Step 4: Insert the New Bulb and Twist-On Tightly

Insert a new halogen bulb into the metal prongs of the lamp and twist on tightly to ensure it is secure. Be careful not to touch any glass or oil on this halogen bulb from your fingers.

Step 5: Turn on the Power and Test Your Work

Turn your power back on and test the light fixture. This might require someone to stand under the lamp for a few minutes to ensure it does not burn out.

However, you should have a working halogen lamp if you did everything correctly!

Step 6: Dispose of Your Old Bulbs

Take your old halogen bulbs and put them in an outside covered trashcan. Halogens contain a minimal amount of mercury and can cause harm to children and animals if they touch them.

Be sure to return the lamp globe to its original position after cleaning up all broken glass from replacing the bulb.

Step 7: Clean Up any Broken Glass

Use a broom to clean up the broken glass from your bulb, being careful not to cut yourself.


Use gloves and hold pieces of glass carefully to ensure you do not get them on your skin or in your eyes. Put all broken glass pieces into a zip-loc bag and put it outside in a covered trashcan.

Step 8: Put the Cover of Light Fixture Back

Replace the cover of your light fixture and put it back in its normal spot.

Unless you plan to replace the other bulb in this lamp, make sure you turn off the power before replacing any other parts or testing out your new bulb!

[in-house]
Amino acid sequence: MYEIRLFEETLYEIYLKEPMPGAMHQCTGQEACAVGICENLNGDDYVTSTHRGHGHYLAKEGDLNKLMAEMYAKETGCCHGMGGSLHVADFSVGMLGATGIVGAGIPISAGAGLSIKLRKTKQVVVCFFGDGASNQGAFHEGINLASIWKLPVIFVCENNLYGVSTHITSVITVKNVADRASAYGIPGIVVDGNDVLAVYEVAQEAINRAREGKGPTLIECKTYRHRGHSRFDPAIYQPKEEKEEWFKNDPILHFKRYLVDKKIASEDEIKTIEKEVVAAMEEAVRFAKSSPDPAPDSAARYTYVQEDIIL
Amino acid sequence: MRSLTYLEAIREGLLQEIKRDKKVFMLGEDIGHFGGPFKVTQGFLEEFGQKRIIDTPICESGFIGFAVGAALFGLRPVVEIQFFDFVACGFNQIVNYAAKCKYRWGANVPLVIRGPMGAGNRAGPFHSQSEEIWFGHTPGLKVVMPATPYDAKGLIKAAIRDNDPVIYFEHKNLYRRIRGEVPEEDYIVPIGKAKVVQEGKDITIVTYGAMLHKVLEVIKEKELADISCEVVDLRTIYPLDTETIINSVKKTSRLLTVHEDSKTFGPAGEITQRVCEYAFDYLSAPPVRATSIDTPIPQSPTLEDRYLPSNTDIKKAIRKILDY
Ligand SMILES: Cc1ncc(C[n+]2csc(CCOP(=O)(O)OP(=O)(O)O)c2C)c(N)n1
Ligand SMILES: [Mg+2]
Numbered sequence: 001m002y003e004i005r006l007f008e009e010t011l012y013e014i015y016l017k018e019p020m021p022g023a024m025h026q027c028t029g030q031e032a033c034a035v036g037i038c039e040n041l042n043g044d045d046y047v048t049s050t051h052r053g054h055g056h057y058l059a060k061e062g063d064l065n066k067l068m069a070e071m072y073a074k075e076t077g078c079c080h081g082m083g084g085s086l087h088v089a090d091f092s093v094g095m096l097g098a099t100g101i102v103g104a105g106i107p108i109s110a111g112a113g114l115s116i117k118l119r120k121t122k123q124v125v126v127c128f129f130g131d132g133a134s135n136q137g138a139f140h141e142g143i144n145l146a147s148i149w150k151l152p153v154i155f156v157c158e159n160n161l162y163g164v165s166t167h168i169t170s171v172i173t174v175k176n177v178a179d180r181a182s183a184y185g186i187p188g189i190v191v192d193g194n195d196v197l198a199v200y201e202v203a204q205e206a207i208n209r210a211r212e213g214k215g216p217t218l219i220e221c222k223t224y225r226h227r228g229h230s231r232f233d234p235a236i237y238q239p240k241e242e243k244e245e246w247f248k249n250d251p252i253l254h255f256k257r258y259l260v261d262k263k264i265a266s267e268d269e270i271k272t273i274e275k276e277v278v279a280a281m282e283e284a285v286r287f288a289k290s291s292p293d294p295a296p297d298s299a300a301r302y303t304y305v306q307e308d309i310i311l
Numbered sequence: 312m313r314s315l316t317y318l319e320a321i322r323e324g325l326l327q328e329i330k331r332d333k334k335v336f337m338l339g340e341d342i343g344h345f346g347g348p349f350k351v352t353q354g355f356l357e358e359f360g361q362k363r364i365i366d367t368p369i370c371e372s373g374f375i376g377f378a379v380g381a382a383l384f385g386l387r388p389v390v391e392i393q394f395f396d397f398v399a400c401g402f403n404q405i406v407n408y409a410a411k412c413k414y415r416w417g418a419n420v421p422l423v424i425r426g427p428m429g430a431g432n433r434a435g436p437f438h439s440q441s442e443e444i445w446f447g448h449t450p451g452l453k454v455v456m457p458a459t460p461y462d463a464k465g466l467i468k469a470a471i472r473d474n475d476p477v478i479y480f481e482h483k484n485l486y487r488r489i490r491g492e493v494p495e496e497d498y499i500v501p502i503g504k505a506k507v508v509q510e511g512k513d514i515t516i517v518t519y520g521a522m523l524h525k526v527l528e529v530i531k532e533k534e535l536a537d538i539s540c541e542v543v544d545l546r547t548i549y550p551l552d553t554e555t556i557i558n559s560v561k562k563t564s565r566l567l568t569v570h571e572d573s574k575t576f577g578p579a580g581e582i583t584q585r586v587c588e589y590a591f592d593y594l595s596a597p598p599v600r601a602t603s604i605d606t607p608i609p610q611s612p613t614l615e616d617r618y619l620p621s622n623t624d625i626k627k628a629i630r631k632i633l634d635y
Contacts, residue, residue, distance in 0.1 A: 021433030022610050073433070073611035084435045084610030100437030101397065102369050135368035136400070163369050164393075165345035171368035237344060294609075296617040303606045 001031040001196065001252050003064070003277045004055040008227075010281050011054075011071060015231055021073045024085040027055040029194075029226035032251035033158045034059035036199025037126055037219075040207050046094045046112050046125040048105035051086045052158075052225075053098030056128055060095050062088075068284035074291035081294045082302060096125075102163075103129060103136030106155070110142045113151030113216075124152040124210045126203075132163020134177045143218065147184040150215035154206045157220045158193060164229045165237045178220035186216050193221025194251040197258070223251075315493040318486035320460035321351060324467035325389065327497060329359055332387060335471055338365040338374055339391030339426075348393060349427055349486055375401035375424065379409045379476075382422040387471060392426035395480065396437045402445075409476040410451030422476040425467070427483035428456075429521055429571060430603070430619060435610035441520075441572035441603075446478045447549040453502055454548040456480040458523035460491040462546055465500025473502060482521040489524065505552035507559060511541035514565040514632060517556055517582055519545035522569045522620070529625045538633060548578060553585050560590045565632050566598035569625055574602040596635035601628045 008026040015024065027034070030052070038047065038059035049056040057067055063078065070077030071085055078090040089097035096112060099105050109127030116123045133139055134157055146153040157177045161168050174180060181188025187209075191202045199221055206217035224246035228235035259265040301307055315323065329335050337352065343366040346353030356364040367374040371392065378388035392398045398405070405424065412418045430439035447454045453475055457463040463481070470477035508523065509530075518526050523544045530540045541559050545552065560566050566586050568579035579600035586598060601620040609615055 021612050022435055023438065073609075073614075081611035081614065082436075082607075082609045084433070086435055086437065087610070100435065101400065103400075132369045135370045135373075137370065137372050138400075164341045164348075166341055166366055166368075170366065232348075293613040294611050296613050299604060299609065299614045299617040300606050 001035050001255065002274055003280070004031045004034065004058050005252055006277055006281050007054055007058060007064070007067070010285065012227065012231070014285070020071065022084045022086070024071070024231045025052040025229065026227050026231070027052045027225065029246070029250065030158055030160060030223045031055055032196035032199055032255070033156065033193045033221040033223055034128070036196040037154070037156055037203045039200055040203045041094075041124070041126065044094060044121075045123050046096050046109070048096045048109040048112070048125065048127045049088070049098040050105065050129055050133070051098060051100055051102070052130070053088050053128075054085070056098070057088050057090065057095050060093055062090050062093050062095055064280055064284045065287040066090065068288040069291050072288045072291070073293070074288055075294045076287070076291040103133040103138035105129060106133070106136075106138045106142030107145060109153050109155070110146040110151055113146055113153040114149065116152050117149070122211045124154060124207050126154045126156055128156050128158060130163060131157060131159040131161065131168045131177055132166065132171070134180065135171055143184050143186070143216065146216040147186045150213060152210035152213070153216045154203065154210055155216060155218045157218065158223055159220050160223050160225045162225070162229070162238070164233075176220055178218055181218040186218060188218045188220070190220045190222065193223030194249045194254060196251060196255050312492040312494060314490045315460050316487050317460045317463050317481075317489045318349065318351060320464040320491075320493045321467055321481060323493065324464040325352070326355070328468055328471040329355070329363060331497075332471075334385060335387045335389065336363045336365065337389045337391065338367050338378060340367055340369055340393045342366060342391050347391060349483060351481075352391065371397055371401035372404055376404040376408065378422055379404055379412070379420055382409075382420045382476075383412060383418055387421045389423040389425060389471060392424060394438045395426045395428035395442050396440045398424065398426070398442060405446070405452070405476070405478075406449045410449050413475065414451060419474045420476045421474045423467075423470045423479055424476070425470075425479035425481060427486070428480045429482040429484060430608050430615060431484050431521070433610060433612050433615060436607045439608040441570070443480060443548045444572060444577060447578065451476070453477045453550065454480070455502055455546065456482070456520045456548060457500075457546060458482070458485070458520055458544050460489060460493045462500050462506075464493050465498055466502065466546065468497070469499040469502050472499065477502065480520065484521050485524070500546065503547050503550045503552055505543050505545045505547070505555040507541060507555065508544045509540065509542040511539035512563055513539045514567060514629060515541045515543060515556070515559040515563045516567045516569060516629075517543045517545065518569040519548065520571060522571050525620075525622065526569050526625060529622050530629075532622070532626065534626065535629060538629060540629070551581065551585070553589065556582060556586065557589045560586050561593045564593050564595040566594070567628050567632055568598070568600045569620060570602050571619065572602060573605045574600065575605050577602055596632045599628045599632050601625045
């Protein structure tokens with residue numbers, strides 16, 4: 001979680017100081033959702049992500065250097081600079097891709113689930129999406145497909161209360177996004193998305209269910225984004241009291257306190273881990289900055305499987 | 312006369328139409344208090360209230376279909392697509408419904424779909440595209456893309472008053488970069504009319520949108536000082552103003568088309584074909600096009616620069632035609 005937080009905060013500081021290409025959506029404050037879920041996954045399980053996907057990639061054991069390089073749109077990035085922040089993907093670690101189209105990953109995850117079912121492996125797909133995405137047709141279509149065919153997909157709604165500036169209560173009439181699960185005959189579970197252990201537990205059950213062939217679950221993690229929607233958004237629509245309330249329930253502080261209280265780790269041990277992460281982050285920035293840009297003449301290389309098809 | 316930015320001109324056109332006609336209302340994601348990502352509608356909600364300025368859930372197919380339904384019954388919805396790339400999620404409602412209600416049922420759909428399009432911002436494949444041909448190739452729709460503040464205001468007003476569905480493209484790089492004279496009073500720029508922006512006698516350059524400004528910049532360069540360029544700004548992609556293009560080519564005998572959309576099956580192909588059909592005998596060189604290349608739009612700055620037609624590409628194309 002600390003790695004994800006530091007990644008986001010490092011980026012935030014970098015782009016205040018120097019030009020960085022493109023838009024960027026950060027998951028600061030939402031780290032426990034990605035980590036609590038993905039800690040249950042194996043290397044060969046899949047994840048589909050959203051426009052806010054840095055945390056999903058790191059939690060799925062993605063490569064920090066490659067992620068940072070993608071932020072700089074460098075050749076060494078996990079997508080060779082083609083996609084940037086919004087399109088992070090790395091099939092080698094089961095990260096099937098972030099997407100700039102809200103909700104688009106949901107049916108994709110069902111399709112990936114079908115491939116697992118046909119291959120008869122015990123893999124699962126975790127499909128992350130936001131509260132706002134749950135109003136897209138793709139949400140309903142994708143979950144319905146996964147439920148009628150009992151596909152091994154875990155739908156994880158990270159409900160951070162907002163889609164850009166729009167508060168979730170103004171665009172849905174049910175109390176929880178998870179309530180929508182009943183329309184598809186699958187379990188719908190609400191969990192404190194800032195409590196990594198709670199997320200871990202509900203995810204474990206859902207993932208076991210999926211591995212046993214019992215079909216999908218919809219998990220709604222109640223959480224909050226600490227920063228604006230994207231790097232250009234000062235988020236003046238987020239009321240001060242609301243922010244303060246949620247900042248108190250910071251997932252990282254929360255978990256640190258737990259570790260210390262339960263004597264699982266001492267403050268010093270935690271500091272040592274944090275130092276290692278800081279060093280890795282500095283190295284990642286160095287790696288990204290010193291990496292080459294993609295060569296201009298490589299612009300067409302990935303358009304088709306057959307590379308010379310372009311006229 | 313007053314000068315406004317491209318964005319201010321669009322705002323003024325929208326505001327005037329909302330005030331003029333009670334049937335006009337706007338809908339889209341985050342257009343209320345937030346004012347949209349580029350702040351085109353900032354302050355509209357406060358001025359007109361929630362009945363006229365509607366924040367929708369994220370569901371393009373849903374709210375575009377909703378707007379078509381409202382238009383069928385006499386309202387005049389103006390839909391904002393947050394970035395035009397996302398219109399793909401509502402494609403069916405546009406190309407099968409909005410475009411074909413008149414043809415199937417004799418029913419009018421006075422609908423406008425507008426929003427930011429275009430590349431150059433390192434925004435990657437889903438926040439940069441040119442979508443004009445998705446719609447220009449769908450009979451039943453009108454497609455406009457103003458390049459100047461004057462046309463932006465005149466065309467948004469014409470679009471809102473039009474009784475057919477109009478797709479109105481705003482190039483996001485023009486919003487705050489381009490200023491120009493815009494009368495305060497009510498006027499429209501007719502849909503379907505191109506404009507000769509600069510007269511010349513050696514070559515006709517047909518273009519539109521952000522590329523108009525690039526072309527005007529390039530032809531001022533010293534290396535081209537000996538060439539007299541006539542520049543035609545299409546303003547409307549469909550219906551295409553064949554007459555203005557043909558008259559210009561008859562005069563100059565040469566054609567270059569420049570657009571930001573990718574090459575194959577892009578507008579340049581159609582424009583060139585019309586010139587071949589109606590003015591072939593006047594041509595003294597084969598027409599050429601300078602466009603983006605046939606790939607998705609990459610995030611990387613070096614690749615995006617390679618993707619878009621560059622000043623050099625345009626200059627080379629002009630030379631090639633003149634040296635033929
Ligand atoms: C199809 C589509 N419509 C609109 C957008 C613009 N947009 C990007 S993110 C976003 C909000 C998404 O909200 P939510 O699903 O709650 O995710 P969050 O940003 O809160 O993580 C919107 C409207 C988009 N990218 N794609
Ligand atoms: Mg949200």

Safety Precautions You Should Take:

1. Ensure that you are not directly looking into the bulb’s light.

2. Ensure that there is no flammable material in your workspace.

3. Turn off and unplug the lights before starting maintenance on them.

4. Wear safety goggles to protect your eyes from glass particles or chemicals while handling the bulb and cleaning up afterwards.

5. Don’t touch your eyes while handling the bulb, and do not rub your eyes until you have washed your hands thoroughly with a disinfectant soap.

6. Keep children away from the work area, so they don’t hurt themselves by coming into contact with any chemicals or glass particles.

7. Make sure that there is adequate ventilation around the maintenance area.

Common Mistakes to Avoid When Changing Double Ended Halogen Bulb:

1. Using the wrong bulbs as an Energy Saving Bulb. Energy-saving light bulbs are not always compatible with your current halogen sockets/ballasts.

Always check that your current bulb is a double-ended halogen bulb, or you could risk a fire hazard!


2. Touching the glass of the new bulb before installing it into your lamp fixture. The oil from your hands can contaminate the bulb, causing it to overheat when in use. Make sure you handle the bulb by its base only.

3. Failing to tighten the new bulb into place securely. Not putting your new halogen light bulb in tightly enough could cause heat or fire damage to your lamp fixture and surrounding area, e.g., curtains and walls.

4. Use a bare-hands to thrust the new bulb into place and immediately switch on your lamp fixture.

Once you’ve placed the new halogen bulb securely into position, always use a pair of tongs or an oven glove to turn it off/on until cooled down safely.

5. Handling the light bulb further after touching the glass before installing it. The oil from your hands can contaminate the bulb, causing it to overheat when in use. Always handle the new halogen light by its base only!

Should You Clean Double Ended Halogen Bulb?

Cleaning a double-ended halogen bulb is beneficial to your wallet and for safety’s sake. Savings lie in the fact that a clean bulb burns brighter and lasts longer.

Safety lies in the fact that dirt obscures the halogen bulb’s ability to focus light, making it seem brighter.